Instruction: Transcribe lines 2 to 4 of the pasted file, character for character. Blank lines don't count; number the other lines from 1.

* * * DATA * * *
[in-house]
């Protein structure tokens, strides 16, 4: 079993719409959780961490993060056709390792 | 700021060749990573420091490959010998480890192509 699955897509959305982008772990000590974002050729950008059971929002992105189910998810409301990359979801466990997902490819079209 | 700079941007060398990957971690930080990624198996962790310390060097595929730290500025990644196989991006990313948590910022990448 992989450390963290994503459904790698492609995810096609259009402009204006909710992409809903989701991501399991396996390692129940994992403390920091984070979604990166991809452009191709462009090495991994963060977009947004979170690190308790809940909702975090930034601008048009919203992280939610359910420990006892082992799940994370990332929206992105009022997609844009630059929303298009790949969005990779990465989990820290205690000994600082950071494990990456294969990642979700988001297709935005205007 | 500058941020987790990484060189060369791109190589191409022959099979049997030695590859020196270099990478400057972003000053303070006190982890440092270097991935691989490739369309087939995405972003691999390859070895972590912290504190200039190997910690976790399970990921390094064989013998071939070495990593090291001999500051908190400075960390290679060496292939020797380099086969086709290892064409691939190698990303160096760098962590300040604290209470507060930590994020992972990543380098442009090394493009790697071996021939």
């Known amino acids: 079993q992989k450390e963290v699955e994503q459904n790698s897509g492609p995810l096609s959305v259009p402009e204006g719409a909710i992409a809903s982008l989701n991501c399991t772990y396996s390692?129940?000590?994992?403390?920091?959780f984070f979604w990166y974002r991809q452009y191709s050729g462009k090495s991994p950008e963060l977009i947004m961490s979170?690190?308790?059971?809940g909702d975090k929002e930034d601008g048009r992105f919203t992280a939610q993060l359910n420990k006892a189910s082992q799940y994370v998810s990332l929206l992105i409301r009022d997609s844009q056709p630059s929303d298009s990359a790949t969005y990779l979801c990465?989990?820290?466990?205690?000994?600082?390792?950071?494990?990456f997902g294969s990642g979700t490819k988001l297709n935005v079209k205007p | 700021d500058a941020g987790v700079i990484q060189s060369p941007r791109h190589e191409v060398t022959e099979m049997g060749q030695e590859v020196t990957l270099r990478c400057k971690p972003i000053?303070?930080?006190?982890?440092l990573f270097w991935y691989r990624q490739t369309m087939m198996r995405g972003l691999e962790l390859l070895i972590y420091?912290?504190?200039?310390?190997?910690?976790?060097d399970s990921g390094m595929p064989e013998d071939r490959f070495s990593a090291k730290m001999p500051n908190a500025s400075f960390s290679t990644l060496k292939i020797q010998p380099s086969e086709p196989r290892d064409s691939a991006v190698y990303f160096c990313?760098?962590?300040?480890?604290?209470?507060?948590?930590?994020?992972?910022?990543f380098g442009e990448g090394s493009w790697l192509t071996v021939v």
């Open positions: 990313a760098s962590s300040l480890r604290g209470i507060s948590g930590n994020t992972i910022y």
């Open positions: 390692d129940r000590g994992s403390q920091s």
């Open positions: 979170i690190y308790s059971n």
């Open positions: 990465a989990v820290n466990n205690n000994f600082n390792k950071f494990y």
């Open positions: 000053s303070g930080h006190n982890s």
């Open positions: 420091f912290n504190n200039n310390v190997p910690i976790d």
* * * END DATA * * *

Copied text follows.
């Protein structure tokens, strides 16, 4: 079993719409959780961490993060056709390792 | 700021060749990573420091490959010998480890192509 699955897509959305982008772990000590974002050729950008059971929002992105189910998810409301990359979801466990997902490819079209 | 700079941007060398990957971690930080990624198996962790310390060097595929730290500025990644196989991006990313948590910022990448 992989450390963290994503459904790698492609995810096609259009402009204006909710992409809903989701991501399991396996390692129940994992403390920091984070979604990166991809452009191709462009090495991994963060977009947004979170690190308790809940909702975090930034601008048009919203992280939610359910420990006892082992799940994370990332929206992105009022997609844009630059929303298009790949969005990779990465989990820290205690000994600082950071494990990456294969990642979700988001297709935005205007 | 500058941020987790990484060189060369791109190589191409022959099979049997030695590859020196270099990478400057972003000053303070006190982890440092270097991935691989490739369309087939995405972003691999390859070895972590912290504190200039190997910690976790399970990921390094064989013998071939070495990593090291001999500051908190400075960390290679060496292939020797380099086969086709290892064409691939190698990303160096760098962590300040604290209470507060930590994020992972990543380098442009090394493009790697071996021939």
């Known amino acids: 079993q992989k450390e963290v699955e994503q459904n790698s897509g492609p995810l096609s959305v259009p402009e204006g719409a909710i992409a809903s982008l989701n991501c399991t772990y396996s390692?129940?000590?994992?403390?920091?959780f984070f979604w990166y974002r991809q452009y191709s050729g462009k090495s991994p950008e963060l977009i947004m961490s979170?690190?308790?059971?809940g909702d975090k929002e930034d601008g048009r992105f919203t992280a939610q993060l359910n420990k006892a189910s082992q799940y994370v998810s990332l929206l992105i409301r009022d997609s844009q056709p630059s929303d298009s990359a790949t969005y990779l979801c990465?989990?820290?466990?205690?000994?600082?390792?950071?494990?990456f997902g294969s990642g979700t490819k988001l297709n935005v079209k205007p | 700021d500058a941020g987790v700079i990484q060189s060369p941007r791109h190589e191409v060398t022959e099979m049997g060749q030695e590859v020196t990957l270099r990478c400057k971690p972003i000053?303070?930080?006190?982890?440092l990573f270097w991935y691989r990624q490739t369309m087939m198996r995405g972003l691999e962790l390859l070895i972590y420091?912290?504190?200039?310390?190997?910690?976790?060097d399970s990921g390094m595929p064989e013998d071939r490959f070495s990593a090291k730290m001999p500051n908190a500025s400075f960390s290679t990644l060496k292939i020797q010998p380099s086969e086709p196989r290892d064409s691939a991006v190698y990303f160096c990313?760098?962590?300040?480890?604290?209470?507060?948590?930590?994020?992972?910022?990543f380098g442009e990448g090394s493009w790697l192509t071996v021939v």
């Open positions: 990313a760098s962590s300040l480890r604290g209470i507060s948590g930590n994020t992972i910022y």